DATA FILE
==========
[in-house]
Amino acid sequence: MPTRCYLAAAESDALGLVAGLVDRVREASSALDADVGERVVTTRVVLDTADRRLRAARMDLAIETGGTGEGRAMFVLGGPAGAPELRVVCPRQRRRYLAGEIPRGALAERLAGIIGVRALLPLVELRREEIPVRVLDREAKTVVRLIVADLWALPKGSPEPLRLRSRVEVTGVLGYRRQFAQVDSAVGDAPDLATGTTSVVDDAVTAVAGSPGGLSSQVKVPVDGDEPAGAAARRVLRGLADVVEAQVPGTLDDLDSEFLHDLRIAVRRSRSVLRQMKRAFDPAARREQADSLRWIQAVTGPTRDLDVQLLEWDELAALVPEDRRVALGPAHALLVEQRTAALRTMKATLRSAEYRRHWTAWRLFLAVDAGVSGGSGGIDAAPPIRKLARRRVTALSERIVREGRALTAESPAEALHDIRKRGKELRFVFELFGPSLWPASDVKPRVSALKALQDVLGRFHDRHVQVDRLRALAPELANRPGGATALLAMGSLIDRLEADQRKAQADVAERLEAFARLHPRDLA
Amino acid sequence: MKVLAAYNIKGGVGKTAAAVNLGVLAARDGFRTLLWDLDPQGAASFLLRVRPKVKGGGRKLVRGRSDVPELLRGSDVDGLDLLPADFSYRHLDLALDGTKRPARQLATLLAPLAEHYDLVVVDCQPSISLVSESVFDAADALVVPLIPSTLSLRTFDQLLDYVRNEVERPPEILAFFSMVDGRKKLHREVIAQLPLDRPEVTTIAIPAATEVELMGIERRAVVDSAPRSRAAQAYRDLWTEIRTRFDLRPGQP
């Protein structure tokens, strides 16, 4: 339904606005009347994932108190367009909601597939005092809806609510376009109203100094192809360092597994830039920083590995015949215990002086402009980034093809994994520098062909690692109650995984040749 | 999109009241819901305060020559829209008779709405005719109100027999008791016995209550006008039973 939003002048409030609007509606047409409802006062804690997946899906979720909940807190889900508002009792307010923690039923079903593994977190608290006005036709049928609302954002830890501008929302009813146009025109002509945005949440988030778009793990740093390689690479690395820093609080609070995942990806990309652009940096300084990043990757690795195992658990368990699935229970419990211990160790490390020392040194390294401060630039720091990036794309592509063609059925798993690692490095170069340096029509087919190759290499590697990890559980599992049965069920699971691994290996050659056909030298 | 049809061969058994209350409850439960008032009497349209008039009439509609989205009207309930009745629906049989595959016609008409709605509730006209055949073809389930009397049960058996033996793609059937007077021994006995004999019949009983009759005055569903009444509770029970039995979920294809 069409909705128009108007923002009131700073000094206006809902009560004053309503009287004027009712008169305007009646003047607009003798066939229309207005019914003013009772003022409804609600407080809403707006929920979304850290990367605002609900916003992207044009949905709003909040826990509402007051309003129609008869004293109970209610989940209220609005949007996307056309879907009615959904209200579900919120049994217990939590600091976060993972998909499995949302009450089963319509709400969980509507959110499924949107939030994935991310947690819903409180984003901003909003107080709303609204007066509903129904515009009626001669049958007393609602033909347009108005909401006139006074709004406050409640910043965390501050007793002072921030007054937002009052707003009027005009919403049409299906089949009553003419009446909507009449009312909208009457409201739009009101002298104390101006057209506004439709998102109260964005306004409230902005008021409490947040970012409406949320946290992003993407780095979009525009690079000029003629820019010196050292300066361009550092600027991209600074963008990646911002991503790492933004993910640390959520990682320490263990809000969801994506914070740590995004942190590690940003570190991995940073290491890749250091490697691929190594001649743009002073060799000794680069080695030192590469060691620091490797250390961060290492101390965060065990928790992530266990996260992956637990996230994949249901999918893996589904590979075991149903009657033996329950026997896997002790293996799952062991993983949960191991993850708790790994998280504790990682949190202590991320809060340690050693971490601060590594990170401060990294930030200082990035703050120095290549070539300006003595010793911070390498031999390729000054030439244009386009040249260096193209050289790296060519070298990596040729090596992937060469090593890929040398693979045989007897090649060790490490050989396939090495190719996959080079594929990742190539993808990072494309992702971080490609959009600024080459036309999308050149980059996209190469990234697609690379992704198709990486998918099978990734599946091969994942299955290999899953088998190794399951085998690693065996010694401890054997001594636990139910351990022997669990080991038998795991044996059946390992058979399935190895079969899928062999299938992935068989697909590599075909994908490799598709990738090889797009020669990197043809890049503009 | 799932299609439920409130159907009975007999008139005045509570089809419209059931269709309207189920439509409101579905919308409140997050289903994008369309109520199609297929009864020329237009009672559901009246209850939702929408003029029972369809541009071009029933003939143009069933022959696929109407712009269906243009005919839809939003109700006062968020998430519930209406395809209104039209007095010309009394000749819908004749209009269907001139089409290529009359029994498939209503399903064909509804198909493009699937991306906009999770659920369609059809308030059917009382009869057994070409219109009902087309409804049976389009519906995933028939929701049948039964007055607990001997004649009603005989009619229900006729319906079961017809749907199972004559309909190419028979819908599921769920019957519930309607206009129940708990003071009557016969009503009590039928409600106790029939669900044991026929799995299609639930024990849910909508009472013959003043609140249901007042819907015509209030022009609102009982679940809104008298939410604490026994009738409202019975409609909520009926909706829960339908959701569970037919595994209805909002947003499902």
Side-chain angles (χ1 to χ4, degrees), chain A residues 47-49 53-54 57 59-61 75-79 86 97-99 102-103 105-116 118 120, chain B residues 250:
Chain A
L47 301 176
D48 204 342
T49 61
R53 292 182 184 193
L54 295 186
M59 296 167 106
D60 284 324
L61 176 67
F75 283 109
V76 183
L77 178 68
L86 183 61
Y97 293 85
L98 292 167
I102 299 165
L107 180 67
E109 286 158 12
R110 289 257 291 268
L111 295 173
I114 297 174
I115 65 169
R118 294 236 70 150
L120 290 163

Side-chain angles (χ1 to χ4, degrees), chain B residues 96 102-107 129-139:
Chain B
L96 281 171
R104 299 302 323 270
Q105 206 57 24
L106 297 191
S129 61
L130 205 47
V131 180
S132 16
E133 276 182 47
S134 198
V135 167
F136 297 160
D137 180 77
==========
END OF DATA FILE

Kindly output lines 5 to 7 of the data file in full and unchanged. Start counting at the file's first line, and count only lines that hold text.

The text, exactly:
Side-chain angles (χ1 to χ4, degrees), chain A residues 47-49 53-54 57 59-61 75-79 86 97-99 102-103 105-116 118 120, chain B residues 250:
Chain A
L47 301 176